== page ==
] output = io.StringIO()
fieldnames = ["name", "age", "city"]
writer = csv.DictWriter(output, fieldnames=fieldnames) writer.writeheader()
for user in users: writer.writerow(user) csv_string = output.getvalue()

When you run this script, you will see the following output:

John,27,New York
Jane,22,Los Angeles

This shows that our list of dictionaries has been successfully converted to a CSV string. Each dictionary in the list has become a row in the CSV string, with the keys as the column headers and the values as the data in the rows.

How to Choose Different Delimiters

By default, the csv module uses a comma as the delimiter between values. However, you can use a different delimiter if needed. You can specify the delimiter when creating a csv.writer or csv.DictWriter object. Let’s say we want to use a semicolon as the delimiter:

import csv
import io fruits = ['Apple', 'Banana', 'Cherry', 'Date', 'Elderberry'] output = io.StringIO() writer = csv.writer(output, delimiter=';')
csv_string = output.getvalue() print(csv_string)

This should give us the CSV string with semicolons used as delimiters:


Managing Quotes

You probably noticed already, but the csv module returns the CSV string without any quotes. On the other hand, each element of the original list that contains a special character such as a delimiter, newline, or quote character will, in fact, be surrounded by quote marks:

import csv
import io fruits = ['Apple', 'Ban,ana', 'Cherry', 'Dat\ne', 'Elderberry'] output = io.StringIO() writer = csv.writer(output)
csv_string = output.getvalue() print(csv_string)

In line to what we said before, this will quote only elements of the fruit list that contain special characters:


You can control this behavior by using the quotechar and quoting parameters. The quotechar parameter specifies the character to use for quoting. The default is a double quote ("), and we can change it to, say, a single quote (') by specifying the quotechar parameter in the csv.writer() method:

writer = csv.writer(output, quotechar="'")

The output string will, now, quote the same elements as before, but using the single quotation marks:


Another parameter that controls quoting in the csv module is the quoting parameter. It controls when quotes should be generated by the csv.writer(). It can take on any of the following csv module constants based on when you want to quote the list elements:

  • csv.QUOTE_MINIMAL – Quote elements only when necessary (default)
  • csv.QUOTE_ALL – Quote all elements
  • csv.QUOTE_NONNUMERIC – Quote all non-numeric elements
  • csv.QUOTE_NONE – Do not quote anything

Say we want to quote all elements from the fruits list. We’d need to set the quoting parameter of the csv.writer() method to csv.QUOTE_ALL:

writer = csv.writer(output, quoting=csv.QUOTE_ALL)

And this will give us:


Note: Surely, you can mix these settings up. Say you want to quote all non-numeric elements with single quotation marks. You can achieve that by:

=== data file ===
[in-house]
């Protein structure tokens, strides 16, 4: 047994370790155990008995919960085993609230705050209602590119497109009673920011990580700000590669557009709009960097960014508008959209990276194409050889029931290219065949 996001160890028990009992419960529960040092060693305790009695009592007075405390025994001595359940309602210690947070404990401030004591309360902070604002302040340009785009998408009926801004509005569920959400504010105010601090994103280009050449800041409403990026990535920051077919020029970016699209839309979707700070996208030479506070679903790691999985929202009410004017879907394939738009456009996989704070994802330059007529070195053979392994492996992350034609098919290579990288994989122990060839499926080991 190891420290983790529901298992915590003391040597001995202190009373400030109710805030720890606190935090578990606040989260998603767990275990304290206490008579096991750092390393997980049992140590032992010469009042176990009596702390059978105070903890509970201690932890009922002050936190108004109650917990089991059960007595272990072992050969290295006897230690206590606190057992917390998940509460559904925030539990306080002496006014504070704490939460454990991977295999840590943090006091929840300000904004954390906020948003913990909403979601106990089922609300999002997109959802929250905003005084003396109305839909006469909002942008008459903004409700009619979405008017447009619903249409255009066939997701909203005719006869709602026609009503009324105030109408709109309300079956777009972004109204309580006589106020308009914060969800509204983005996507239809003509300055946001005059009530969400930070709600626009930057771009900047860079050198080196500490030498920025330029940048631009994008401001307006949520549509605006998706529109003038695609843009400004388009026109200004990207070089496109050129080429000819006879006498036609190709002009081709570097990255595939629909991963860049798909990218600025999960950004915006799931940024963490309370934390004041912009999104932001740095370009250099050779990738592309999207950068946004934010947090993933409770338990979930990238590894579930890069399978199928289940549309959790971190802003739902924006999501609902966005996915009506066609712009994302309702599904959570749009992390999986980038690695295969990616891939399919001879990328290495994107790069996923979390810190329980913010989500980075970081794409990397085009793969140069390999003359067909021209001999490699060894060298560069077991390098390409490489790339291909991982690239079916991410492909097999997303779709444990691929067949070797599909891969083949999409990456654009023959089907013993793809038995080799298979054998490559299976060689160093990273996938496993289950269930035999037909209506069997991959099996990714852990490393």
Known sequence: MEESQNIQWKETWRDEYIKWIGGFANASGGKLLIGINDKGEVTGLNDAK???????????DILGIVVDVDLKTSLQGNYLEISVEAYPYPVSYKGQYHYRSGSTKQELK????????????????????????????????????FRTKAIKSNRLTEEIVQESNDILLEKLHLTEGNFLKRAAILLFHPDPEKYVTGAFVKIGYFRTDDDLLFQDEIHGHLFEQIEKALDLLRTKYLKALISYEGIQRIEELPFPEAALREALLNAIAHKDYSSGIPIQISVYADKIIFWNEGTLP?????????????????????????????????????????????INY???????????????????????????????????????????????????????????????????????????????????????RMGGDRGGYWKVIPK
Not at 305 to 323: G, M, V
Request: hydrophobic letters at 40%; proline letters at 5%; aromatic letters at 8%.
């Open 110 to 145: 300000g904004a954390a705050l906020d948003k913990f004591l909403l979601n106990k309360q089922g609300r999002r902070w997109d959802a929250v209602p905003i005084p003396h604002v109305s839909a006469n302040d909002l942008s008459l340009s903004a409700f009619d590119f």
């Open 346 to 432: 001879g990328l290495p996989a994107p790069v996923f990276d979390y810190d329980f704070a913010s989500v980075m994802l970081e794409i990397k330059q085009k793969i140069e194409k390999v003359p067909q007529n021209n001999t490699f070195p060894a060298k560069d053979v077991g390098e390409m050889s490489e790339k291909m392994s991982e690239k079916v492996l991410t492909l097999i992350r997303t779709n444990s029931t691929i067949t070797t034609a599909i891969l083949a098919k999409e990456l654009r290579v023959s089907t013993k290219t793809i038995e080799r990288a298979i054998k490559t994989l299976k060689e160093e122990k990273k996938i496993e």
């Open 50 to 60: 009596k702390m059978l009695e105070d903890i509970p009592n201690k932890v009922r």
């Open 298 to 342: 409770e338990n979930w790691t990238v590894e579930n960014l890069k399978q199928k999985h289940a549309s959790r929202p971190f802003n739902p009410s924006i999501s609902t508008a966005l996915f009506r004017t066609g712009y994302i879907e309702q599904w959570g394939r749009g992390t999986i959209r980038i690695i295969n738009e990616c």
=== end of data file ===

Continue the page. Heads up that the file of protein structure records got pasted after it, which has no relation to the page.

writer = csv.writer(output, quotechar="'", quoting=csv.QUOTE_ALL)

Controlling Line Termination

The csv writer uses \r\n (Carriage Return + Line Feed) as the line terminator by default. You can change this by using the lineterminator parameter when creating a csv.writer or csv.DictWriter object. For example, let’s set the \n (Line Feed) as the line terminator:

import csv
import io fruits = ['Apple', 'Banana', 'Cherry', 'Date', 'Elderberry'] output = io.StringIO() writer = csv.writer(output, lineterminator='\n')
csv_string = output.getvalue() print(csv_string)

Note: Always be mindful of cross-platform and software compatibility when writing CSV files in Python, especially line termination characters, as different systems interpret them differently. For example, the default line terminator is suitable for Windows, but you may need to use a different line terminator (\n) for Unix/Linux/Mac systems for optimal compatibility.

Common Pitfalls and Troubleshooting

Despite its relative simplicity, converting Python lists to CSV strings can sometimes present challenges. Let’s outline some of the common pitfalls and their solutions.

Unbalanced Quotes in Your CSV Data

If your CSV data contains unescaped quotes, it could lead to problems when trying to read or write CSV data.

For example, consider this list:

fruits = ['Apple', 'Ba"nana', 'Cherry']

Here, the second item in the list contains a quote. This can cause problems when converted to CSV data, as quotes are used to delineate string data.

Solution: If you know that your data may contain quotes, you can use the quotechar parameter when creating the csv.writer to specify a different character for quotes, or you can escape or remove quotes in your data before converting to CSV.

Incorrect Delimiters

The CSV format use commas as delimiters between different data fields. However, not all CSV data uses commas. Some may use tabs, semicolons, or other characters as delimiters. If you use the wrong delimiter when writing or reading CSV data, you may encounter errors or unexpected output.

Solution: If your CSV data uses a different delimiter, you can specify it using the delimiter parameter when creating the csv.writer:

writer = csv.writer(output, delimiter=';')

Mixing Up writerow() and writerows() Methods

The writerow() method is used to write a single row, while the writerows() method is used to write multiple rows. Mixing up these two methods can lead to unexpected results.

Solution: Use writerow when you want to write a single row (which should be a single list), and writerows when you want to write multiple rows (which should be a list of lists).

Trying to Write a List of Dictionaries Using csv.writer()

The csv.writer object expects a list (representing one row) when calling writerow, or a list of lists (representing multiple rows) when calling writerows. If you try to write a list of dictionaries using csv.writer, you will encounter an error.

Solution: If you have a list of dictionaries, you should use csv.DictWriter instead of csv.writer.


Converting Python lists to CSV strings is a common task in data handling and manipulation. Python’s built-in csv library provides a robust and versatile set of functionalities to facilitate this process.

In this article, we’ve walked through the steps required to perform such conversions, starting from understanding Python lists and CSV files, the csv library in Python, the conversion process for both simple lists and lists of dictionaries, and even advanced topics related to this process.